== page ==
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Straphangers Not Happy With Expected Weekend Subway Service Disruptions

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FILE - Commuters wait on the platform as a train arrives in the 23rd Street subway station during the morning rush hour in New York City. (Photo by Mario Tama/Getty Images)

FILE – Commuters wait on the platform as a train arrives in the 23rd Street subway station during the morning rush hour in New York City. (Photo by Mario Tama/Getty Images)

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NEW YORK (CBSNewYork) — The Metropolitan Transportation Authority is starting the weekend off with overnight service disruptions throughout the system, leaving straphangers traveling at odd hours, stuck.

Seventeen of 22 subway lines throughout Queens, Manhattan, Brooklyn and the Bronx will experience disrupted service because of construction work. Lines affected include the 1, 2, 3, 4, 5, 6, A, C, D, E, F, G, J, N, Q, R and S.

Courtesy of a new weekday pilot program called “Fast Track,” an overnight blitz of repair work on the affected lines will last through Wednesday.

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Train riders on the 3 line will have it the worst. Trains won’t be running from 34th Street-Penn Station to New Lots Avenue in Brooklyn.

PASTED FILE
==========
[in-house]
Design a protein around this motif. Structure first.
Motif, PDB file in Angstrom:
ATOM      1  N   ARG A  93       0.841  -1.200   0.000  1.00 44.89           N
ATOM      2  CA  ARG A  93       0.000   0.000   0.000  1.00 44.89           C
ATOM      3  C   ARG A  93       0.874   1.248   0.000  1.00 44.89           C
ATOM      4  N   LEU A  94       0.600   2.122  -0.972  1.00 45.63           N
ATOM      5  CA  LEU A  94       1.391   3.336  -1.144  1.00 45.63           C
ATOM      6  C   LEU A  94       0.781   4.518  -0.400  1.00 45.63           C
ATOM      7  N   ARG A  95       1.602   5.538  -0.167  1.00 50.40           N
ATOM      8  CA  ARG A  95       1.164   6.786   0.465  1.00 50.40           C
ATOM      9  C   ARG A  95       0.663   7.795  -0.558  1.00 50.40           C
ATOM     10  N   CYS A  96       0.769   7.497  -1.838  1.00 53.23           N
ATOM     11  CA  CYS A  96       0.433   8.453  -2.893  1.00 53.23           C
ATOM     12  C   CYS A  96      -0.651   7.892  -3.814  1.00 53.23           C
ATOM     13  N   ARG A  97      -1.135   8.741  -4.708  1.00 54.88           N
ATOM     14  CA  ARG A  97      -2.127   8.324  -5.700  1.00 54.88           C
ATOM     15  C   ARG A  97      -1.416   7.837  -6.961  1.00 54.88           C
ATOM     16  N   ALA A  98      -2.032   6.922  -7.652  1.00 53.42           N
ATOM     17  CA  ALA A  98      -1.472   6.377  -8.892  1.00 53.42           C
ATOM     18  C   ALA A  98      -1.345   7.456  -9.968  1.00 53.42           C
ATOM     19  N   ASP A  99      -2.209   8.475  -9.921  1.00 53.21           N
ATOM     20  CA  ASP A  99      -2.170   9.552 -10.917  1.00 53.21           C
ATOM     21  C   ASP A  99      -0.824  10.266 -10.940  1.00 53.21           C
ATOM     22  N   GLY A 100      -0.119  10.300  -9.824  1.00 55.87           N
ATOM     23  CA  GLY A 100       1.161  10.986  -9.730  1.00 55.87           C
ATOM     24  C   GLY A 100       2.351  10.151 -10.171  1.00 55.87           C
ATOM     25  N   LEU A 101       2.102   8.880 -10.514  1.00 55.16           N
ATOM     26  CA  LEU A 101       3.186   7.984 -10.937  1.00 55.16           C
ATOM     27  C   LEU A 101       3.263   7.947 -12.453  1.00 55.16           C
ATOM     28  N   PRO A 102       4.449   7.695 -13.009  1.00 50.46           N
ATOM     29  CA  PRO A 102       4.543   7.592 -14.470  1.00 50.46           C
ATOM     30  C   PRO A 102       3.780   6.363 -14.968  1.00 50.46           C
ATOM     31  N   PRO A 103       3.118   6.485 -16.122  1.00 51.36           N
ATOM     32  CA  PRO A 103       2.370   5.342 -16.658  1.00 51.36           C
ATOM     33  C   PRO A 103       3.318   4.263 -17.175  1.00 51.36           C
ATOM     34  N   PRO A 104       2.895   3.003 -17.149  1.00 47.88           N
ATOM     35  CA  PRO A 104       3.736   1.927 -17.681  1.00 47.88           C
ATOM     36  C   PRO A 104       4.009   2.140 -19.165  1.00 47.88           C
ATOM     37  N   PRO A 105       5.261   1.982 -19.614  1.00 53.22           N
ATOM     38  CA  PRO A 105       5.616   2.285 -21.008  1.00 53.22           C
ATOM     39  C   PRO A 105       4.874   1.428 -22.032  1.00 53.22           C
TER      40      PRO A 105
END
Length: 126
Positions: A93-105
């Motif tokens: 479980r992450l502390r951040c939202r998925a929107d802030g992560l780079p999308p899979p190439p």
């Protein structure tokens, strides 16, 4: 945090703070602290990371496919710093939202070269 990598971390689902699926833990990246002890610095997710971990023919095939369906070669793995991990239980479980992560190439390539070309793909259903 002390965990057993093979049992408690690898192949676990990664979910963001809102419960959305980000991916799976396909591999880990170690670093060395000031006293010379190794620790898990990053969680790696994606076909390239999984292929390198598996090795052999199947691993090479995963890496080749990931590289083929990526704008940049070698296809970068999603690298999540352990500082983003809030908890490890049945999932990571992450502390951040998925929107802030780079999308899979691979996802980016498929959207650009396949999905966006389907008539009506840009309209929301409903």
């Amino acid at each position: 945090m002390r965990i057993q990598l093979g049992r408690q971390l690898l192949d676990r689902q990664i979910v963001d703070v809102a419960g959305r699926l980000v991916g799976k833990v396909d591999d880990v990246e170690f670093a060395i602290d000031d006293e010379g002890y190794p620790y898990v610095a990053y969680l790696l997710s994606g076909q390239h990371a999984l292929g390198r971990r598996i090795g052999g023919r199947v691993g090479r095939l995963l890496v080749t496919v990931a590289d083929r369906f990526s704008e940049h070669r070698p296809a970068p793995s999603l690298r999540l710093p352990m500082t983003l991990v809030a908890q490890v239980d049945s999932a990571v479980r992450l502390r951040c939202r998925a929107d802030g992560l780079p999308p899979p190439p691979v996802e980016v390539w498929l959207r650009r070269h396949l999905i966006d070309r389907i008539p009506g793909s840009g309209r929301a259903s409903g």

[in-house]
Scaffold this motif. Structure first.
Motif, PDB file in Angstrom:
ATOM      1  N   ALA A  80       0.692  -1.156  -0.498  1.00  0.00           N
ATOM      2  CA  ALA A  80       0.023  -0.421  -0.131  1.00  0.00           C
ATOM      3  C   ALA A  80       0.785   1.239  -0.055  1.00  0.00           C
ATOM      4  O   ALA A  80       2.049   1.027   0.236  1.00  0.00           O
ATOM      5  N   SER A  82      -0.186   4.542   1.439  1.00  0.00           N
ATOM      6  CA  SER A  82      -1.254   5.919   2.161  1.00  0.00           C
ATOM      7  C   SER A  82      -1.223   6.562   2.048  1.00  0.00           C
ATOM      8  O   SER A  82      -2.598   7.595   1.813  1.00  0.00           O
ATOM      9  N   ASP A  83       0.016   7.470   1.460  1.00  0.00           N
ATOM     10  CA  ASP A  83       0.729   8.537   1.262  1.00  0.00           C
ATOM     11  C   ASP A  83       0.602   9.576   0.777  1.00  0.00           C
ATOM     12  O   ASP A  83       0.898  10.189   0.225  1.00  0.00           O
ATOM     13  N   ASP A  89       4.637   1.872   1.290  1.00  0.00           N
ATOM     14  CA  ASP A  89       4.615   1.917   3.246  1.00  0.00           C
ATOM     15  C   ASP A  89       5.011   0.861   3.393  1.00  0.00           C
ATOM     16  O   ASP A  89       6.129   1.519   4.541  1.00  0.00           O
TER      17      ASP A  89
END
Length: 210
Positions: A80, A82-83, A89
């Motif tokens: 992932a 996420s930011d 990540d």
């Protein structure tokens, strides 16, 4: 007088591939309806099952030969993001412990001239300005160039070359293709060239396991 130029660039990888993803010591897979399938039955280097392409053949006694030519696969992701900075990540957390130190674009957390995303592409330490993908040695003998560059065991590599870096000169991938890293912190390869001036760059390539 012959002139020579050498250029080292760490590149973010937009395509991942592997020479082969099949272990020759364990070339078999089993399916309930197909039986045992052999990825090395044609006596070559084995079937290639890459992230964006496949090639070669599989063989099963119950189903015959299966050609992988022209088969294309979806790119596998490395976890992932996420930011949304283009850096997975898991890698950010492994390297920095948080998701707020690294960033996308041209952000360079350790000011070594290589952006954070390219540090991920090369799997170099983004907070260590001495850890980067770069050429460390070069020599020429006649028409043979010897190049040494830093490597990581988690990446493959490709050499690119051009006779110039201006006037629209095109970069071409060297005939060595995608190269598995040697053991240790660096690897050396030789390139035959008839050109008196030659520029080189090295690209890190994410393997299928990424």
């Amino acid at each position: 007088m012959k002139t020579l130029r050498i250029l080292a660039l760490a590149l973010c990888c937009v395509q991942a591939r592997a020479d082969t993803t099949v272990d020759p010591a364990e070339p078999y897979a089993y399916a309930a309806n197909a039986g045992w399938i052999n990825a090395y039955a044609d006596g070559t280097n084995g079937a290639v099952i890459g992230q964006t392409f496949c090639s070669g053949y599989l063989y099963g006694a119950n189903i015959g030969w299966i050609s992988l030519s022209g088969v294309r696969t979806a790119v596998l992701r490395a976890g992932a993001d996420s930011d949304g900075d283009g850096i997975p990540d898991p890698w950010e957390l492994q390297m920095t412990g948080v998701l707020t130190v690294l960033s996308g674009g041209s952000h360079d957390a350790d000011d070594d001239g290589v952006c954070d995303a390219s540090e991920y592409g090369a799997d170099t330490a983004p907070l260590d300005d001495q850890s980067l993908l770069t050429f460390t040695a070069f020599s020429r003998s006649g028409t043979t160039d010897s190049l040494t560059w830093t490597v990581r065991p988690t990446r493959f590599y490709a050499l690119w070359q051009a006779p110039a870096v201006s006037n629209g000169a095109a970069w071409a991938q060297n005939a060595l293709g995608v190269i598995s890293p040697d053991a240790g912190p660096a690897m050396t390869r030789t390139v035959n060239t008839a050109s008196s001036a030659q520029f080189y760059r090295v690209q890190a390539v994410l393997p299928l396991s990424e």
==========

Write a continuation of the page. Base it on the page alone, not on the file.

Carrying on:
Several riders voiced their frustrations with CBS 2′s Derricke Dennis on Friday night.

“Definitely troubling for me, I work crazy hours, I’m a resident,” said Mike Pezold of Park Slope.

“Is there nothing else that the City can do? Did they argue that they have no other option?” asked Philip Hood of Midtown.

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“I probably won’t make any plans in the city if the trains are going to be out,” said Naomi Rivera of Williamsburg.

It’s apparently the price commuters will pay for having a construction-free holiday season, and eventually a smoother, trouble-free ride.

The MTA said what will happen this weekend into next week really isn’t all that different than what’s happened before.

“It seems like a shock because we cut back so much in December,” MTA spokesperson Deidre Parker told 1010 WINS. “We’re really just coming back to what we usually do. If you look at our advisories that lead up to Thanksgiving you’ll see that this was pretty much the same level of work that we were doing before. This is something that goes on year-round.”

“I have to find a different route now. I don’t know which one, but I’ll find a way,” said Tenesher Young of Bushwick.

“It’s ultimately going to provide better service, so if you can plan around it, plenty of ample notice, it’s no problem,” said Adam Crawford of Long Island City.

Concentrating the work in such a short amount of time, the MTA says, will save $10-$15 million in repair costs.

Straphangers, however, wonder if those savings will be passed on to them.

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